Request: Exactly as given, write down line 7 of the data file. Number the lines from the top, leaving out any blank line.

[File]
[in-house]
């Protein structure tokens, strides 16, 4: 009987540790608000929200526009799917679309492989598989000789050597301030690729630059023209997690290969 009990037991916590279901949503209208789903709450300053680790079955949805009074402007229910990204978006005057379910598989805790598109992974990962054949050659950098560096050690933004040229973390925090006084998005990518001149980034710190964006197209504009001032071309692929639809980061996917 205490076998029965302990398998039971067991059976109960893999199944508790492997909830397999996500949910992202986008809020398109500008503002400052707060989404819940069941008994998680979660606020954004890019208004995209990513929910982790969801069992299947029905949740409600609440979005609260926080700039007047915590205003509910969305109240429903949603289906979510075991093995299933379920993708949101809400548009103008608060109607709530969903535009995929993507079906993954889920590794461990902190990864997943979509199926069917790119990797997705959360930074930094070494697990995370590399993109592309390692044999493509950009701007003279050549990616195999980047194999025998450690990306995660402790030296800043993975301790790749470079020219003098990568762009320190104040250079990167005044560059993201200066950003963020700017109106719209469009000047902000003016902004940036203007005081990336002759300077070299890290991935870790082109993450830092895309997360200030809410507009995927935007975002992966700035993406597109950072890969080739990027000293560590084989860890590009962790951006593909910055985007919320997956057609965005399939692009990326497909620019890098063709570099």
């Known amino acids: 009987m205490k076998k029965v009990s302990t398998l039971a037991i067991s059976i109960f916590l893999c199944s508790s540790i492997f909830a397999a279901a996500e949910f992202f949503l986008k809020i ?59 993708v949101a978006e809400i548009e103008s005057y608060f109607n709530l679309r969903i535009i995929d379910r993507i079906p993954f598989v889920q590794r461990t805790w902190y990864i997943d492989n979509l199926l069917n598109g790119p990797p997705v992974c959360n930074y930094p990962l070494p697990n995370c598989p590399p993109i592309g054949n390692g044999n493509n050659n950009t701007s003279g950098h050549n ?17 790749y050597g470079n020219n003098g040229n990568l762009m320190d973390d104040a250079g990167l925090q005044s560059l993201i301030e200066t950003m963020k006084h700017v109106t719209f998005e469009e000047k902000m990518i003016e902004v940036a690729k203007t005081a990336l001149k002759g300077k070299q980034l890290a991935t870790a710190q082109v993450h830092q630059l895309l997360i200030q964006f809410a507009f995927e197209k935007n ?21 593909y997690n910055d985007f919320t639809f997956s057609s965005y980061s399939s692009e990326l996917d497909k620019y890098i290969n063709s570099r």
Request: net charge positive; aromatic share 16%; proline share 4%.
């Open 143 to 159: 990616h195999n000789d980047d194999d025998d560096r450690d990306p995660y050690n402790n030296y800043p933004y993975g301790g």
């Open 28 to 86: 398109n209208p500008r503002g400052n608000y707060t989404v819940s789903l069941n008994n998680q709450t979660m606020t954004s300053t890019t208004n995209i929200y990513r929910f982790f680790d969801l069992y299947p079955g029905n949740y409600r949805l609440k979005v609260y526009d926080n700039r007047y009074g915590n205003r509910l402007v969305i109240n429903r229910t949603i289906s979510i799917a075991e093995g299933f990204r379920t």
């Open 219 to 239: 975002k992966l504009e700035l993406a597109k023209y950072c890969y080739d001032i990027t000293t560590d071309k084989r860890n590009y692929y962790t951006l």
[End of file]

């Open 219 to 239: 975002k992966l504009e700035l993406a597109k023209y950072c890969y080739d001032i990027t000293t560590d071309k084989r860890n590009y692929y962790t951006l």